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J Bacteriol. Oct 2006; 188(20): 7297–7305.
PMCID: PMC1636221

Comparative Phylogenomics of Clostridium difficile Reveals Clade Specificity and Microevolution of Hypervirulent Strains

Abstract

Clostridium difficile is the most frequent cause of nosocomial diarrhea worldwide, and recent reports suggested the emergence of a hypervirulent strain in North America and Europe. In this study, we applied comparative phylogenomics (whole-genome comparisons using DNA microarrays combined with Bayesian phylogenies) to model the phylogeny of C. difficile, including 75 diverse isolates comprising hypervirulent, toxin-variable, and animal strains. The analysis identified four distinct statistically supported clusters comprising a hypervirulent clade, a toxin A B+ clade, and two clades with human and animal isolates. Genetic differences among clades revealed several genetic islands relating to virulence and niche adaptation, including antibiotic resistance, motility, adhesion, and enteric metabolism. Only 19.7% of genes were shared by all strains, confirming that this enteric species readily undergoes genetic exchange. This study has provided insight into the possible origins of C. difficile and its evolution that may have implications in disease control strategies.

Clostridium difficile is a gram-positive, spore-forming anaerobic bacterium that is responsible for a variety of gastrointestinal diseases in humans and other animals, collectively referred to as C. difficile-associated disease (CDAD) (17, 29). The pathogen is frequently associated with antibiotic treatment, and the severity of CDAD ranges from antibiotic-associated diarrhea to the life-threatening pseudomembranous colitis (17). Beyond the morbidity and mortality, CDAD is a severe economic burden, estimated to cost the U.S. health care system in excess of $1 billion annually (21). More disturbingly, the reported incidence of CDAD has increased significantly in the last decade and a new highly virulent strain is causing outbreaks of increased severity in North America and Europe (23, 24, 32). The origin of this strain is uncertain, although it has been proposed that increased use of fluoroquinolones may provide a selective advantage for this epidemic strain that is resistant to the newer fluoroquinolones, gatifloxacin and moxifloxacin (25).

C. difficile is known to produce a number of factors that contribute to its virulence, including two related exotoxins, toxin A (TcdA) and toxin B (TcdB), which are part of a 16-kb pathogenicity locus (PaLoc) where toxin production is negatively controlled by TcdC (30). A minority of strains produce a binary toxin (CdtA/CdtB), but its role in disease is unclear (10, 11). However, production of these toxins alone cannot explain C. difficile pathogenesis. In recent years, increasing numbers of strains have been reported from several countries with truncated versions of toxin A and/or toxin B (10, 31).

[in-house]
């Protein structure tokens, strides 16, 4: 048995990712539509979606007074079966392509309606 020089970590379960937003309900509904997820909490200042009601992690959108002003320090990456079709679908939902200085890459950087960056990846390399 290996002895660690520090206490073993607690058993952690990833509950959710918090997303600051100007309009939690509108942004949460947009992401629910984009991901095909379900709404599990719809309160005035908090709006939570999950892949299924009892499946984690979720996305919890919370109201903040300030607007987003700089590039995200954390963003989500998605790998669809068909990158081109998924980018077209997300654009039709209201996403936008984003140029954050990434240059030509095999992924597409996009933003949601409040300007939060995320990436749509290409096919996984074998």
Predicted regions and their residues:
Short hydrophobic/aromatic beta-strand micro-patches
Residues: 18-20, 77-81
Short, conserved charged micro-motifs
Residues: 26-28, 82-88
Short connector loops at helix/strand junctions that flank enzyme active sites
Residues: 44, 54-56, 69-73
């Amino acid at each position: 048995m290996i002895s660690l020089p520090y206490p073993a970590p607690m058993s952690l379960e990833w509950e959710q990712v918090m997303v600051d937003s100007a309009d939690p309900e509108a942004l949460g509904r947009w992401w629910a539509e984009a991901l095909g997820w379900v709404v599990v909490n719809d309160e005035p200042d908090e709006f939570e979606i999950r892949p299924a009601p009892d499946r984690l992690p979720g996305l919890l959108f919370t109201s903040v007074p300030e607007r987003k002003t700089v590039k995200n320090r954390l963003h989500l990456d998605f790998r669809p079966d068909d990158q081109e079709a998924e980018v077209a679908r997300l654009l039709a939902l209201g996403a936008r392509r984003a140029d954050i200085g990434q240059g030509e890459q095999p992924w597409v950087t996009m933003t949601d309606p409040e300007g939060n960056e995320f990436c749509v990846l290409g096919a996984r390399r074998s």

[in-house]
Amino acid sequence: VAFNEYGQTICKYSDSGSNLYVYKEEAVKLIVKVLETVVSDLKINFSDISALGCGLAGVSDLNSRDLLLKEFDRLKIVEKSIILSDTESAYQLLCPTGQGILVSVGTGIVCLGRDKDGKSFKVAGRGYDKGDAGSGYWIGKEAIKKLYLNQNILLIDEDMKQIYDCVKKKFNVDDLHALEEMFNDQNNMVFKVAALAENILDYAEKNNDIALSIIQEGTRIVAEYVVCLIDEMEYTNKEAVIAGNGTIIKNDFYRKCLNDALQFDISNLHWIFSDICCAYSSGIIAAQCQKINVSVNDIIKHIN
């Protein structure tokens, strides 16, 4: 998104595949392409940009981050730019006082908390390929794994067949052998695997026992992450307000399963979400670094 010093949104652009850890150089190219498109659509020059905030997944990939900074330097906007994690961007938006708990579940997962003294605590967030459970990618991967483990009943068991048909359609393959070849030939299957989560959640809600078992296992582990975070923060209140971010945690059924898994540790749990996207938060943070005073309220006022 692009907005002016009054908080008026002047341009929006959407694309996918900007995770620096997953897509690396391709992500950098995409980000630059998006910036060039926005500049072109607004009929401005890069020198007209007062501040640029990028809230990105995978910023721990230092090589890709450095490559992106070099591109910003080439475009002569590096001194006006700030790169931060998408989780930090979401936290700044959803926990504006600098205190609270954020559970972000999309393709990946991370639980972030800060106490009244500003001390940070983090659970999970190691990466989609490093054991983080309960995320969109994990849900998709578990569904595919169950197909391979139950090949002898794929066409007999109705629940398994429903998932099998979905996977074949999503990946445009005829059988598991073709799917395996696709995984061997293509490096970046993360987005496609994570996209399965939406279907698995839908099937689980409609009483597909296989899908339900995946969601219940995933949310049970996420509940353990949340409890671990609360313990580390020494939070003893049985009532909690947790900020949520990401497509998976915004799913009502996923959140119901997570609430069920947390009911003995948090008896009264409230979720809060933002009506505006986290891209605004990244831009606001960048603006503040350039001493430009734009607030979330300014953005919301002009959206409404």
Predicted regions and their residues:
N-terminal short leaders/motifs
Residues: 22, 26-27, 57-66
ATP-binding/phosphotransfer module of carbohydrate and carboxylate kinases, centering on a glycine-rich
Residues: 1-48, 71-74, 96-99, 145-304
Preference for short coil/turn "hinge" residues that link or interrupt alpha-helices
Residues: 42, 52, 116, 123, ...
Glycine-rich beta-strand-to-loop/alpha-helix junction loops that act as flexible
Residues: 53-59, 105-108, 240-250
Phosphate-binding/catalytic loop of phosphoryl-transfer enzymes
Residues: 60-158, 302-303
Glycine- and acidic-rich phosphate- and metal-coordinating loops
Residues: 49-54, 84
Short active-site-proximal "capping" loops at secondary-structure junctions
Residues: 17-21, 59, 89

A plethora of techniques has been used to type C. difficile, many of which have confirmed the transmission of the organism in hospital environments (1). Commonly used methods are toxinotyping based upon variations in the PaLoc sequence (28), pulsed-field gel electrophoresis (PFGE) (9), PCR ribotyping (26) and restriction endonuclease analysis (REA) (4). These methods have generally been efficient at grouping strains and in particular have been used to distinguish the recently emerged hypervirulent strains as toxinotype III, North American PFGE type 1, REA group BI, or PCR ribotype 027 (generally referred to as BI/NAP1/027) (20, 24, 32). However, these methods have limited discriminatory potential to elucidate the phylogenetic relationships of all strains in a given study. For example, the discriminatory power of PCR ribotyping is not absolute; ribotype 001, the most commonly occurring ribotype in humans, can be subtyped by PFGE (8), and 20 distinct BI group types have been found by REA (24). Additionally, traditional typing systems do not provide information on the genes/genetic loci specific to strains from different sources.

Microarray technology, allied to complex mathematical analysis to determine phylogeny, has provided a sensitive and robust method to examine the genetic relatedness of bacterial populations (2, 6). The genetic relationships described by Bayesian phylogeny of a DNA-DNA microarray data set can then be correlated with the known phenotype and ecological behavior of each bacterial strain in the analysis; this is particularly useful in studying the epidemiology and host association of pathogens (6, 16). Comparative genomic DNA microarray analysis has been used to investigate several bacterial species in relation to pathogenesis and host specificity. Comparison of strains isolated from different hosts as well as virulent and avirulent strains can reveal predicted coding DNA sequences (CDSs) that may be important for virulence, pathogen-host interactions, and transmission (2, 6, 16). To date, microarray analysis of defined cohorts of strains to determine genetic relatedness has not been undertaken for C. difficile.